Cayetano says NewspaperBy Pat Omandam
Preservation Act has failed
The state probably can do nothing to legally prevent the closure of the 117-year-old Honolulu Star-Bulletin, Gov. Ben Cayetano said.
Moreover, it would be difficult to find another company or organization that could shoulder the financial costs to create another afternoon newspaper here to go head-to-head with the Honolulu Advertiser, the governor said yesterday.
"If anything, if someone has a great deal of capital to invest, maybe he could invest in a morning newspaper, but that seems highly unlikely because the Advertiser has such a hold on the market now," Cayetano said.
"So I'm hopeful that out of all of this ... the Advertiser will become a better newspaper. Certainly, they should have more resources at their disposal. Perhaps they will be able to provide the kind of reporting with the kind of substance that the Los Angeles Times has."
Cayetano, who returned from a weekend mainland trip Wednesday night, spoke with reporters yesterday for the first time about the scheduled Oct. 30 closure of the Star-Bulletin.
The governor said he asked Attorney General Earl Anzai to look into the circumstances of the closure by owner Liberty Newspapers Limited Partnership because the plan allows Gannett Co., owner of The Advertiser, to buy out the competition, leaving a daily newspaper monopoly in Honolulu.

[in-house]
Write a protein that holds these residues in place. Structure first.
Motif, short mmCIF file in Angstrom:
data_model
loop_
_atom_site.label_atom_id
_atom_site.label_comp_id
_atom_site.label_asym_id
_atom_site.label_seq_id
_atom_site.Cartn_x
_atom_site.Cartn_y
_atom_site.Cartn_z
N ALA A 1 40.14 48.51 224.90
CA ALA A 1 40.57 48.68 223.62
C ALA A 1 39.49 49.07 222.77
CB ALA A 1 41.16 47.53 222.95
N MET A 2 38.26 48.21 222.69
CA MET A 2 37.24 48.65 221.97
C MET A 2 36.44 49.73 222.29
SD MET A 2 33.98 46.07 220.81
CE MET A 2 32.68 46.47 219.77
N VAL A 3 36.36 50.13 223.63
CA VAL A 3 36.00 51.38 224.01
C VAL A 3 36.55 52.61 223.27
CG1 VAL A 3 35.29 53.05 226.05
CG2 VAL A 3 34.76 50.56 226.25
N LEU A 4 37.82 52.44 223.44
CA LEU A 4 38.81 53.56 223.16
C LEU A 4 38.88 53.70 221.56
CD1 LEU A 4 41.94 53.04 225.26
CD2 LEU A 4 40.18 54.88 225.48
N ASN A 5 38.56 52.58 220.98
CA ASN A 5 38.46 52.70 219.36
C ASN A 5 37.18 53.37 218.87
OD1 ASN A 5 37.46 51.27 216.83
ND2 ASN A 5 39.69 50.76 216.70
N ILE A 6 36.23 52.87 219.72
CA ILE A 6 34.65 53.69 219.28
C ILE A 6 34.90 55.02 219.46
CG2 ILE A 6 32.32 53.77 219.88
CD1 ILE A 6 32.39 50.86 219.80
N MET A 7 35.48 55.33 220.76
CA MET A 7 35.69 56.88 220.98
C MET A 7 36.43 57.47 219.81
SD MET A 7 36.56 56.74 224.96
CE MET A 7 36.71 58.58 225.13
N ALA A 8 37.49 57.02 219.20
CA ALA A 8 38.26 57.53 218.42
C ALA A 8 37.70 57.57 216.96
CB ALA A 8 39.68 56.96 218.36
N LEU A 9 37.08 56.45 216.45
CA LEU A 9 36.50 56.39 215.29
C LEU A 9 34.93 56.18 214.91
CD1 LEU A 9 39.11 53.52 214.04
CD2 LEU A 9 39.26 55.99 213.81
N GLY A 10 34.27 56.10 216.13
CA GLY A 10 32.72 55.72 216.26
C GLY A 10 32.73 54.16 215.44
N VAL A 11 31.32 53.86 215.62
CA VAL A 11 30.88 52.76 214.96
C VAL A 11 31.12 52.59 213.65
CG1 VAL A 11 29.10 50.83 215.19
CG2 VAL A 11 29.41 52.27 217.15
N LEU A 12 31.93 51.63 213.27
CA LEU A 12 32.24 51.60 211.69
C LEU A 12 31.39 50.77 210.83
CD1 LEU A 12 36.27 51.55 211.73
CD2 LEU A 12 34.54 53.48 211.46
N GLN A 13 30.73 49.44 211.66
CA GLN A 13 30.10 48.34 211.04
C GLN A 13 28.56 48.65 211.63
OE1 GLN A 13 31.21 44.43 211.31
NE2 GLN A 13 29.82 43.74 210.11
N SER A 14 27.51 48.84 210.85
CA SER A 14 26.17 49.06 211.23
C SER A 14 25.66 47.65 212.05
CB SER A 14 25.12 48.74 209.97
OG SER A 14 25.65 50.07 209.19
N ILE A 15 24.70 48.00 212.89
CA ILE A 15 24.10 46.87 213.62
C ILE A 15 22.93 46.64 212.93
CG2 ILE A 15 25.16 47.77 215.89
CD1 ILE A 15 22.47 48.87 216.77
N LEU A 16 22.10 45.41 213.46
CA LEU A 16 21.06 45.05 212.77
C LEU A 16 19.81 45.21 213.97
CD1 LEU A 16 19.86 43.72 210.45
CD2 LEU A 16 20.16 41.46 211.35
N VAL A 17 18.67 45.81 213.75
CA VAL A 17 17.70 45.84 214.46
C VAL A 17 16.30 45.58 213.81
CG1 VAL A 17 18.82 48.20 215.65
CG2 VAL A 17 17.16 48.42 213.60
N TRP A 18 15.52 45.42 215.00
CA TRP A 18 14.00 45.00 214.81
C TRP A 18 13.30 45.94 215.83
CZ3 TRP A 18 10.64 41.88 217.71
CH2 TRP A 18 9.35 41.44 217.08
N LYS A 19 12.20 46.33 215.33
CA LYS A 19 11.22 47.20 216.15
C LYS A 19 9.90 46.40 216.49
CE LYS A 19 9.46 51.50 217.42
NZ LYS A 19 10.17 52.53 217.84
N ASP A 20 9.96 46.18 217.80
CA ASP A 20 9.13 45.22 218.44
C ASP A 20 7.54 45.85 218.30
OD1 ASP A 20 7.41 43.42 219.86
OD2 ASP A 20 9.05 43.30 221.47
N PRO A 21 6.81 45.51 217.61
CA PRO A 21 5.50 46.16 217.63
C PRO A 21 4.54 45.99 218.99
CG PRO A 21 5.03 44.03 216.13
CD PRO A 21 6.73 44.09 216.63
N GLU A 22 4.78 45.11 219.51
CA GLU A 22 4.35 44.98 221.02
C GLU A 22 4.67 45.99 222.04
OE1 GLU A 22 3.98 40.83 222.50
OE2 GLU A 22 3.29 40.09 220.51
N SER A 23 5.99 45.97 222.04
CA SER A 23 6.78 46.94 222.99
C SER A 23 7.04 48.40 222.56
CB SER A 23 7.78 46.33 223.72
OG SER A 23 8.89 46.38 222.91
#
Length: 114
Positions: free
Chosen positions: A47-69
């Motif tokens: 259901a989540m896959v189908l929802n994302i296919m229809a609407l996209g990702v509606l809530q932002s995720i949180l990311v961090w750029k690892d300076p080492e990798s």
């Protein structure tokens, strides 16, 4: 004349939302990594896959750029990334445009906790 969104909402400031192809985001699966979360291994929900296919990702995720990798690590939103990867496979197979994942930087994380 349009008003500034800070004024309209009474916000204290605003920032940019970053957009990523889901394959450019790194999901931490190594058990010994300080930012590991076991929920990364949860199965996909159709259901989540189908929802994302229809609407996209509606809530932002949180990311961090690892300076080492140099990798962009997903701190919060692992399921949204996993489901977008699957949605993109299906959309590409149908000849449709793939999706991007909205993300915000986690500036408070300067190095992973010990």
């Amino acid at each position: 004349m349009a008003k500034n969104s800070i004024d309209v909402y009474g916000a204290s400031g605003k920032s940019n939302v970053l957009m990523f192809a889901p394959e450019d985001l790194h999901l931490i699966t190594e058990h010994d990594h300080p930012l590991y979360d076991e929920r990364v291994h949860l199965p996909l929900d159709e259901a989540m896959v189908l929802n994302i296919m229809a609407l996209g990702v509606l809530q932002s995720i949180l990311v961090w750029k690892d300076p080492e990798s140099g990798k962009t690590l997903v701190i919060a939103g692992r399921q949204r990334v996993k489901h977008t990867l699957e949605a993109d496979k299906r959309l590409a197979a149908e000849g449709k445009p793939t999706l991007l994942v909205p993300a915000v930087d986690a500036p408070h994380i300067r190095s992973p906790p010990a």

The governor said his understanding of the transaction --which he was told will be done in 10 weeks -- leads him to believe the Star-Bulletin's fate was sealed in 1993, when Gannett sold it to Liberty Newspapers and bought the Advertiser.
Both newspapers are part of a joint operating agreement that allows them to save money by combining circulation, advertising and distribution costs, which are handled through the Hawaii Newspaper Agency. The joint operating agreement is allowed under the Newspaper Preservation Act, a federal law aimed at keeping alive two separate newspaper editorial voices in a city.
Cayetano questioned whether the Star-Bulletin should have been put up for sale by Liberty General Partner Rupert Phillips before Phillips reached the agreement with Gannett to shut it down. Doing so would comply with the spirit and intent of the Newspaper Preservation Act, which in this case has failed, he said.
But from a business standpoint, Cayetano acknowledged it was an offer that Phillips could not walk away from. Union officials representing the newspapers and HNA employees told members last weekend the offer from Gannett to Liberty Newspapers to close the Star-Bulletin and dissolve the joint operating agreement is estimated at $30 million.
"I don't see how, if I was in their shoes, I would have done anything else. It's very attractive to be bought out at those kinds of prices," Cayetano said.
The unions asked the governor to intervene a few hours after Phillips on Sept. 16 told Star-Bulletin employees the paper was closing. At the time, Phillips said he didn't believe he could find a buyer for the paper.
The state attorney general's office next week is expected to complete its discussions on the newspaper's closure with the U.S. Justice Department, which approved the joint operating agreement.
Senate Minority Leader Whitney Anderson (R, Kailua) said the state should look for alternate ways to keep Honolulu from becoming a one-newspaper town.